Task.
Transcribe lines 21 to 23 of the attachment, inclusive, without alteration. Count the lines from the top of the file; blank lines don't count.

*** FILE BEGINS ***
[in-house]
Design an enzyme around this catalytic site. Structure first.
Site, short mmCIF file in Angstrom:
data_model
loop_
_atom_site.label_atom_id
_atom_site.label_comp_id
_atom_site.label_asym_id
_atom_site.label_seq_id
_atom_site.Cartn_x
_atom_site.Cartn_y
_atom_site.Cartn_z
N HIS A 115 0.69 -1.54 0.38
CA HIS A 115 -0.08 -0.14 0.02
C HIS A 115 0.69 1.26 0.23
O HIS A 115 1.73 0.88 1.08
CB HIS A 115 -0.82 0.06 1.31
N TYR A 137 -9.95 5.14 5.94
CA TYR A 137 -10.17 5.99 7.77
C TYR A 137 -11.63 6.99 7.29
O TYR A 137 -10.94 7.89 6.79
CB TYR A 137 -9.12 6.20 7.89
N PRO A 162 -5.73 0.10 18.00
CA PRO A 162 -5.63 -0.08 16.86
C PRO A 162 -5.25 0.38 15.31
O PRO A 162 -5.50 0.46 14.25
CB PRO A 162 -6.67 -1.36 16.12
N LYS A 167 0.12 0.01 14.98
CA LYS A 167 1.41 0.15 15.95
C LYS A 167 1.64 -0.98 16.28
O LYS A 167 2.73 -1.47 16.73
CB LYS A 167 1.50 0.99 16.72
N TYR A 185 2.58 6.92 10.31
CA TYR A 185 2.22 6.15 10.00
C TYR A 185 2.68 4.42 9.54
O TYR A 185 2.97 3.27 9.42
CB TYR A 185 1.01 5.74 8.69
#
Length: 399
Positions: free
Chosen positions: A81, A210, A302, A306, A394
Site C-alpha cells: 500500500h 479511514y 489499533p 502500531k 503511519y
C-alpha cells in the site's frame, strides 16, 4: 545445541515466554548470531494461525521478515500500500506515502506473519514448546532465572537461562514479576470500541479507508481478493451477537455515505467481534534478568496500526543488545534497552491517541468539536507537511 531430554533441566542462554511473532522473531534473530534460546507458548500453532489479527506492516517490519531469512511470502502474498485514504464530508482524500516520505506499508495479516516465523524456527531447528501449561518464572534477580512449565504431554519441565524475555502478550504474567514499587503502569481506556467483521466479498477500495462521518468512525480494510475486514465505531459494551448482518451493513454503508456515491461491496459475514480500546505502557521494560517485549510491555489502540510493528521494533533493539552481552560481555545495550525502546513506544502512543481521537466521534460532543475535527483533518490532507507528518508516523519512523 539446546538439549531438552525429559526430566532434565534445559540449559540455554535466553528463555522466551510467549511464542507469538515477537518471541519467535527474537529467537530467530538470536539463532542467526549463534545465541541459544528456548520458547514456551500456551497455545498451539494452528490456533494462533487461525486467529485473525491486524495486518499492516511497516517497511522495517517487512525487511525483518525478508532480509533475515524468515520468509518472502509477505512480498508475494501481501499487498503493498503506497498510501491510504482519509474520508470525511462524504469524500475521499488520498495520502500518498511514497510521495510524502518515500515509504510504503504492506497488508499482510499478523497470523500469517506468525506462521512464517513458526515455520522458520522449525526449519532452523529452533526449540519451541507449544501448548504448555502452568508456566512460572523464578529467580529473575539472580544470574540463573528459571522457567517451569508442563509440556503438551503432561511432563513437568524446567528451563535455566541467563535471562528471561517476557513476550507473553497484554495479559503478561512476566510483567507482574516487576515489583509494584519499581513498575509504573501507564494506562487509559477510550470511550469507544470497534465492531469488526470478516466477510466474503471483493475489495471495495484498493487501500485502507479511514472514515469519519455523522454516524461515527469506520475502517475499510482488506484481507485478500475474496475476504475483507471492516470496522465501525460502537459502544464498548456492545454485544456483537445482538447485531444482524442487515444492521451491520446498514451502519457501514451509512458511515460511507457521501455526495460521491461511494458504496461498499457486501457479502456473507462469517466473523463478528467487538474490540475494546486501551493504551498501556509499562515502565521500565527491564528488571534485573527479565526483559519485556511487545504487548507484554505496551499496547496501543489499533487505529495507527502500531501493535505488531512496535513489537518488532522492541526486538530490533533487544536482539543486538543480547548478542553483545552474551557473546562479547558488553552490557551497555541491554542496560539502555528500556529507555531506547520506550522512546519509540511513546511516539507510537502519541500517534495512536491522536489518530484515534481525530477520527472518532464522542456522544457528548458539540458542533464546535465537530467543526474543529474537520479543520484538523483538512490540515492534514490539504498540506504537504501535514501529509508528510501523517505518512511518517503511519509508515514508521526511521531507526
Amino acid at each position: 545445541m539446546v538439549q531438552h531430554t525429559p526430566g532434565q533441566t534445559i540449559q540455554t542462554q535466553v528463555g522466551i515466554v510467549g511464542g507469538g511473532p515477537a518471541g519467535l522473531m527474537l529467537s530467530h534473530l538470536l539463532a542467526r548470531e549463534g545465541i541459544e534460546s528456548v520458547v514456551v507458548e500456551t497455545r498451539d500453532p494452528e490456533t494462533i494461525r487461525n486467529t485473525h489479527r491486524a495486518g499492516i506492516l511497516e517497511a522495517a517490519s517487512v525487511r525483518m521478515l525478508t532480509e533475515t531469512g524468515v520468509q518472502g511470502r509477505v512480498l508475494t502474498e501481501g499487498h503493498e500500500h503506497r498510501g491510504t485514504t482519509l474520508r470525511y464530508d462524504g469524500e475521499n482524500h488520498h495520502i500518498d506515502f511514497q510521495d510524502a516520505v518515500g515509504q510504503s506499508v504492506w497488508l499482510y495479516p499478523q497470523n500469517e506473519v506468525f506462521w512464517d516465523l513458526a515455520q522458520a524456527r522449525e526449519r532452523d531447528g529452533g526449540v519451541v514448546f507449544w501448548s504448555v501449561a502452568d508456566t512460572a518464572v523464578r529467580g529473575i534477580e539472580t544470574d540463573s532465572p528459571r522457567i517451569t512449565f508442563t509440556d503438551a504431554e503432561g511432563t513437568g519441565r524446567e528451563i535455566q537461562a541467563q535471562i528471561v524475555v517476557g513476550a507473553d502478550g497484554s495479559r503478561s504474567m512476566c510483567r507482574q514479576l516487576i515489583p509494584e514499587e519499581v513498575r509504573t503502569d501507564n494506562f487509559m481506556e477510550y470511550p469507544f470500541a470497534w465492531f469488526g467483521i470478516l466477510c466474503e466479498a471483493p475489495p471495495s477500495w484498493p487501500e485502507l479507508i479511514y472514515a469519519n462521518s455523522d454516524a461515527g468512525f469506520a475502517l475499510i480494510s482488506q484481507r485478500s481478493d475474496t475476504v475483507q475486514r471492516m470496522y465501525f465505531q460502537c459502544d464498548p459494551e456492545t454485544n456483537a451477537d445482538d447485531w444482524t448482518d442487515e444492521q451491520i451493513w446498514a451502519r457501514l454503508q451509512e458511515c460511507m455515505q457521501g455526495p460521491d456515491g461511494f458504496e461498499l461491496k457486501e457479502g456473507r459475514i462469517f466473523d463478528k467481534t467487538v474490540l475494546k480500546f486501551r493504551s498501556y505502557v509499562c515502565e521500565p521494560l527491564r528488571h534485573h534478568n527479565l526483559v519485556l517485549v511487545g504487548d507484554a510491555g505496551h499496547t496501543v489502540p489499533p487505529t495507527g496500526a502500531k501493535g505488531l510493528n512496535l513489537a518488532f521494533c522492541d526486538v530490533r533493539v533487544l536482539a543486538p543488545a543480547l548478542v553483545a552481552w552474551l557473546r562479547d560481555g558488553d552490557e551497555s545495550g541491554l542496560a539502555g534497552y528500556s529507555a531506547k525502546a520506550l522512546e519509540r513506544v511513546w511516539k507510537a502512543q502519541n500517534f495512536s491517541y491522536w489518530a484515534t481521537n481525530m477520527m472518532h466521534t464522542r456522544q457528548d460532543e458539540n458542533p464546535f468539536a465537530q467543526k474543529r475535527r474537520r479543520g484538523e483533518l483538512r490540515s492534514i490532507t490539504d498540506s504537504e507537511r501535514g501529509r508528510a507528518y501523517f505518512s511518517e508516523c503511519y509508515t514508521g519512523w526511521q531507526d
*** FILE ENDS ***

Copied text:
O TYR A 137 -10.94 7.89 6.79
CB TYR A 137 -9.12 6.20 7.89
N PRO A 162 -5.73 0.10 18.00